Submitted on Tuesday, 2/18/2014, at 3:35 PM

by William Sweet

Like many members of the recently graduated Class of 2013, Eric Lax is starting the summer in a new job. Unlike many of his counterparts, he’s starting at the top.

Putting aside his original plans to find an entry-level job for two years and go on to an economics Ph.D. program or business school, Lax is starting the summer as chief executive officer of Trext, Inc., a software firm that he founded with three students from Hampshire College.

It’s not the kind of path one might expect one taking so soon upon graduating from a liberal arts college, but Amherst is no stranger to entrepreneurship. Parker Holcomb ’11 founded and while a student at Amherst. Lax joined two Amherst alums—Alex Widen ’09 of Sumeria Group and Nigel Carr ’10 of Qorax Energy—in receiving spirit awards from the Harold Grinspoon Charitable Foundation's Entrepreneurship Initiative.

“Students who are less risk averse are getting the business experience firsthand,” said Ursula Olender, director of Amherst’s career center. Olender coordinates activities undertaken by the Amherst College Entrepreneur’s Society (ACES), the Association of Amherst Students Enterprise Committee, and the Social Innovation Leadership Team (SILT). She praised Lax's exemplary skill and determination to see this project start.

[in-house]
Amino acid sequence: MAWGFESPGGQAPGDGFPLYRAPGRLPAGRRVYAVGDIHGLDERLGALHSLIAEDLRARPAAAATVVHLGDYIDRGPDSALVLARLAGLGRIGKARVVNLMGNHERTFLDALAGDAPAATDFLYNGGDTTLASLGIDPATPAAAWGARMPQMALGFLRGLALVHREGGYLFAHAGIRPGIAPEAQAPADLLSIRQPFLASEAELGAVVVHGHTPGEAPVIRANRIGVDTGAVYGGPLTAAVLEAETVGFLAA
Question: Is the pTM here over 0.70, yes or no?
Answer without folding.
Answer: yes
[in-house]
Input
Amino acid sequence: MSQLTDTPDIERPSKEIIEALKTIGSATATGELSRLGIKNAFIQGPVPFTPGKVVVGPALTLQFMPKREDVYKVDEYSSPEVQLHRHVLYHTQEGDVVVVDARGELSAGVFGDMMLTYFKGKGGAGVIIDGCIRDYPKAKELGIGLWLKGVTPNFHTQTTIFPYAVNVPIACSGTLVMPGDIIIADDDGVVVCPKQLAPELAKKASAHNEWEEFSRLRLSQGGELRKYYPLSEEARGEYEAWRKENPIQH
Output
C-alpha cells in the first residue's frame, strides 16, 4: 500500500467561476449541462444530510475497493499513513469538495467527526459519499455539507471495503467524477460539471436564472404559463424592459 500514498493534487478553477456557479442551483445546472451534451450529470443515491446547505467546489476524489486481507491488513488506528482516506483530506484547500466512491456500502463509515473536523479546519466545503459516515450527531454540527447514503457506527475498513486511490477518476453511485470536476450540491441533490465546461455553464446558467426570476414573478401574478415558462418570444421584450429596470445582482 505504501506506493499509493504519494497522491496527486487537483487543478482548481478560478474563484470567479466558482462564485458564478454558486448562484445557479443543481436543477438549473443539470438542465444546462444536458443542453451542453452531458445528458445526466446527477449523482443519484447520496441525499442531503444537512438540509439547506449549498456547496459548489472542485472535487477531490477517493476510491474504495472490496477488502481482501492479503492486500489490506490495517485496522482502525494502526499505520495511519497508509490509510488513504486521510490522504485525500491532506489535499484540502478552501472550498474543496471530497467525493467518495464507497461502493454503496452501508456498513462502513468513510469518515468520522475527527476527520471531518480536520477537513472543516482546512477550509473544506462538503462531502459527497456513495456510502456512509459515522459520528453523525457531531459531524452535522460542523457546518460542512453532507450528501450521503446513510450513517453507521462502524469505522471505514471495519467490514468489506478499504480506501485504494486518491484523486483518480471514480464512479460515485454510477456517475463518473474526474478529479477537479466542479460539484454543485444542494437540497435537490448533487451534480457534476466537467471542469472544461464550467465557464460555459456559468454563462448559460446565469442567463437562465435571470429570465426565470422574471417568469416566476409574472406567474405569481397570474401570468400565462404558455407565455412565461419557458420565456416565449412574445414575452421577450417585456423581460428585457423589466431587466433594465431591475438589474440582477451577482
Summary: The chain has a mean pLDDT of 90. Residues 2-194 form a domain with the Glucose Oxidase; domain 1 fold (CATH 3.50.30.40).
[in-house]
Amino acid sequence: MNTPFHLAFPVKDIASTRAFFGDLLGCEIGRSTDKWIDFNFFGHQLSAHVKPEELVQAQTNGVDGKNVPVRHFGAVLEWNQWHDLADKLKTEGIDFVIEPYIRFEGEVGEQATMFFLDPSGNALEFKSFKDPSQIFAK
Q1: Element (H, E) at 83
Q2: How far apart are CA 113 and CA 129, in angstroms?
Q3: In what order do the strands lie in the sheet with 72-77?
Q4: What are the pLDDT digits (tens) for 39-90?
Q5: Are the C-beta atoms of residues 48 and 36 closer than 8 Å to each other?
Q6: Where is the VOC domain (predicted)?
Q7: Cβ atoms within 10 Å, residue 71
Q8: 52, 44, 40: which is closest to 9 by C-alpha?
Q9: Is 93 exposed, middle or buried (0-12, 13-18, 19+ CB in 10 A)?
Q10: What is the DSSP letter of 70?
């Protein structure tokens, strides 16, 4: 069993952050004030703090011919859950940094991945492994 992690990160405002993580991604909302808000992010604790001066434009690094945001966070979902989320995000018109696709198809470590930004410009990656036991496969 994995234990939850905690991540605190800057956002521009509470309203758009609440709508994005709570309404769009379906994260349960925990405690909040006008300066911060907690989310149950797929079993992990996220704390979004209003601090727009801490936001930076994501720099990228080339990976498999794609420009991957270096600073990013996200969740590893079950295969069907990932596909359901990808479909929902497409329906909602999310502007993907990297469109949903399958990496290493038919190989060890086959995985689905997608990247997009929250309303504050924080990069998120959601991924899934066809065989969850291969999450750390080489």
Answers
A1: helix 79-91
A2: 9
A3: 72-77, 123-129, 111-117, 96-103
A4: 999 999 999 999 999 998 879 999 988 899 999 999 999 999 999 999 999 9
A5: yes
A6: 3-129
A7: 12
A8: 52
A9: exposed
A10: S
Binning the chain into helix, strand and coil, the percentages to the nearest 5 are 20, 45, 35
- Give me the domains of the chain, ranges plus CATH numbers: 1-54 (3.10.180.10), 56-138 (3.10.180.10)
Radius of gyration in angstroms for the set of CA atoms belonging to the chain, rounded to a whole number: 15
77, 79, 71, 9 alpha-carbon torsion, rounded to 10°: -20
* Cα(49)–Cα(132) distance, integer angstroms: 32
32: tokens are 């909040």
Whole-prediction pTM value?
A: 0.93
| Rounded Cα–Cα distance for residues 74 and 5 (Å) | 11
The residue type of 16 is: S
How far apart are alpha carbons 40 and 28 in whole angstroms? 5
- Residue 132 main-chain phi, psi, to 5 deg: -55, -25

“A year ago, I did not know this was a possibility,” Lax said. “Originally, I was applying to finance jobs, and none of them felt right. I wasn’t sure where I would be. … Ultimately it came down to that I woke up excited about working on Trext.”

Lax and his business partners, Jamie Matheson, Zeke Nierenberg and Kira McCoy, have developed the interface for a simple tool that allows businesses and nonprofits to engage in interactive, automated conversations with customers via text messaging.

Eric Lax ‛13

Decision-tree texting—“trexting,” for short—involves texting multiple recipients (who have opted in, as unsolicited texting of this sort is illegal) with a pre-programmed text that asks questions and leads a conversation along a flowchart of responses.